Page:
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MINI tops U.K. retained values list

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July 19, 2007

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July 20, 2007 The MINI has topped the Lex retained values list for second-hand automobiles in the U.K. for the second year running, beating out a long list of seemingly far more prestigious vehicles. The Lex listing looks at how much each model will be worth in the second hand market after a typical three year/60,000 mile contract and the MINI had the highest retained value at 54%, taking out top single car honours. Viewed by brand name, Audi was the most coveted used car brand according to the data compiled by the UK’s leading leasing company. Last year's results can be found here.

In 2007 not surprisingly those new models that are in current short supply have the best future residual value.

In the second and third place on the list are the Audi TT and A5, which together with the A3, Q7 and Cabriolet put more Audis in the Lex list than any other car maker.

Surprisingly the Lex list shows the anti-4x4 lobby has not hit residual value predictions, with no less than seven in the top 20, including the new Land Rover Freelander, Honda CRV and Mercedes M Class.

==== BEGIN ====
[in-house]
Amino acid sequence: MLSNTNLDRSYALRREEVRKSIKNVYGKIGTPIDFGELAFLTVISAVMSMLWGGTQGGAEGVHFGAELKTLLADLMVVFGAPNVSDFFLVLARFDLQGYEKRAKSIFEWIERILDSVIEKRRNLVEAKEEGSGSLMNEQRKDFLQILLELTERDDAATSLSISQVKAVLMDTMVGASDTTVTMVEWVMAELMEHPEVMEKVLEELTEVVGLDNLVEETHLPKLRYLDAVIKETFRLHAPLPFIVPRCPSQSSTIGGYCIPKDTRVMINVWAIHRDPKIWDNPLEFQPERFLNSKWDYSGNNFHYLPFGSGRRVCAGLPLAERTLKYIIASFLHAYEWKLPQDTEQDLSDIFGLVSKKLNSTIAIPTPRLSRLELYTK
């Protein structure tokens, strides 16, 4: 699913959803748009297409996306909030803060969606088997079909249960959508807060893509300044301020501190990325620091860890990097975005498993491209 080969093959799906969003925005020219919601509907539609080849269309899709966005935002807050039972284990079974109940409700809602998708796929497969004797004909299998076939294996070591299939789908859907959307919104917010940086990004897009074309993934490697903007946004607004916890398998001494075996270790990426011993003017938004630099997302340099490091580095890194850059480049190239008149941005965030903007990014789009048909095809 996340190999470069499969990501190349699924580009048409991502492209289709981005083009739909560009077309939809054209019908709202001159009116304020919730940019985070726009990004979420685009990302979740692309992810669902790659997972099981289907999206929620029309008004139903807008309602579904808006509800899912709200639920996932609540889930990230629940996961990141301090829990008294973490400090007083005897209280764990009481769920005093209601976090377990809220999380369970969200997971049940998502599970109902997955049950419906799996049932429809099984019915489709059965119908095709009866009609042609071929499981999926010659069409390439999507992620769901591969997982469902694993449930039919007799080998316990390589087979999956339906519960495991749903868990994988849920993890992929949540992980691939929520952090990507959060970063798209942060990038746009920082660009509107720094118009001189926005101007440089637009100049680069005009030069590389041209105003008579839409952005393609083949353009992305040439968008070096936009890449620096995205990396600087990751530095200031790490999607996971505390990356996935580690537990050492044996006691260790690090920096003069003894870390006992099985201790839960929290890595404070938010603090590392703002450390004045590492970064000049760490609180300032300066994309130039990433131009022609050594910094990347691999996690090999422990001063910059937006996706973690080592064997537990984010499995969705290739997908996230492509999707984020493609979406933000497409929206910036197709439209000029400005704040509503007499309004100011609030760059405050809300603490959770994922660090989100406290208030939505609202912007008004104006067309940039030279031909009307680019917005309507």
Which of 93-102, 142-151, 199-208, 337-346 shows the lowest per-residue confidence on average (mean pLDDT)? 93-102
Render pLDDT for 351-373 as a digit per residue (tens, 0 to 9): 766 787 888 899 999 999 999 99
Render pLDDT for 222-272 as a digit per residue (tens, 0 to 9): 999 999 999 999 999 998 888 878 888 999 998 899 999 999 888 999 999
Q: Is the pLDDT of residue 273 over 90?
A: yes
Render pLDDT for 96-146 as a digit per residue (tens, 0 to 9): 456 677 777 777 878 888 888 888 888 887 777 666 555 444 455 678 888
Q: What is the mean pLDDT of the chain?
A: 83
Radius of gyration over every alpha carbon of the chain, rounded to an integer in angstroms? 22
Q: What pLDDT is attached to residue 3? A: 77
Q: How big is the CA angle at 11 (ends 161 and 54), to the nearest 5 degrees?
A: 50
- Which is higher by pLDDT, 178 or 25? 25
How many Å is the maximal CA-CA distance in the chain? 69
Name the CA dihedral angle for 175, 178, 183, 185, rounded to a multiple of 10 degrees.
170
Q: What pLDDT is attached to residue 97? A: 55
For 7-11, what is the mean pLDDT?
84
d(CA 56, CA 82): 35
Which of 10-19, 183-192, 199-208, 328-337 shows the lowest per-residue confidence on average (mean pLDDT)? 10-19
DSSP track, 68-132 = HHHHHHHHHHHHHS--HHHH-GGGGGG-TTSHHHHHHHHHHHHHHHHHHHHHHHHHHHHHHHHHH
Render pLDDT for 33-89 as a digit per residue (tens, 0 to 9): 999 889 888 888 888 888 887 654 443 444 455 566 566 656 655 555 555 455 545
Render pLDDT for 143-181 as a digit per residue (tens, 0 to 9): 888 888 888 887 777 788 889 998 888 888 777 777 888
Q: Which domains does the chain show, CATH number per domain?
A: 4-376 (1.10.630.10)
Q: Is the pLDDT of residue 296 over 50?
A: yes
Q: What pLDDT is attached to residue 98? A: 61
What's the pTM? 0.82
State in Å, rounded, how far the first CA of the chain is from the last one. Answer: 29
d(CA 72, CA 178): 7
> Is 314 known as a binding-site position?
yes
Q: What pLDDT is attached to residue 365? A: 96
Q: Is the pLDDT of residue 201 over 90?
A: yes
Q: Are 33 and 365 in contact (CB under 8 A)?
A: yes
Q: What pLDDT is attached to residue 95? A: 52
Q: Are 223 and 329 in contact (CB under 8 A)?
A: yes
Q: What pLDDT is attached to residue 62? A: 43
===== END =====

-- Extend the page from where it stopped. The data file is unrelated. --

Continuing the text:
Bread and butter fleet cars have struggled to get anywhere near the top 20, but the nearest are the Audi A3 (7th) and the BMW 3 series (18th) which between them enjoy strong fleet sales. Volvo’s C30 is the only true three door hatchback in the top 20 at number nine.

There is only one green entry – the Toyota Prius in 15th place, while the Porsche Boxster, for so long top of the Lex list, has fallen to 14th. This shows how a car’s residual value halo can slip when a volume of cars start to appear in the used market.

“Most used drivers aspire to the same credentials as a new car buyer, that of style, exclusivity and reliability and that’s why this list is the way it is,” said Steve Jones, Lex Pricing Manager.

“Those used buyers who can’t afford a new MINI or Audi TT may well be able to stretch to a used one in two or three years time so they will be in high demand, thus pushing up prices,” he added.

Low volume supercars such as Ferraris and Lamborghinis have been taken out of the list to ensure a more realistic view of the UK car population.

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About the Author
Mike Hanlon Mike grew up thinking he would become a mathematician, accidentally started motorcycle racing, got a job writing road tests for a motorcycle magazine while at university, and became a writer. As a travelling photojournalist during his early career, his work was published in a dozen languages across 20+ countries. He went on to edit or manage over 50 print publications, with target audiences ranging from pensioners to plumbers, many different sports, many car and motorcycle magazines, with many more in the fields of communication - narrow subject magazines on topics such as advertising, marketing, visual communications, design, presentation and direct marketing. Then came the internet and Mike managed internet projects for Australia's largest multimedia company, Telstra.com.au (Australia's largest Telco), Seek.com.au (Australia's largest employment site), top100.com.au, hitwise.com, and a dozen other internet start-ups before founding Gizmag in 2002. Now he writes and thinks. All articles by Mike Hanlon
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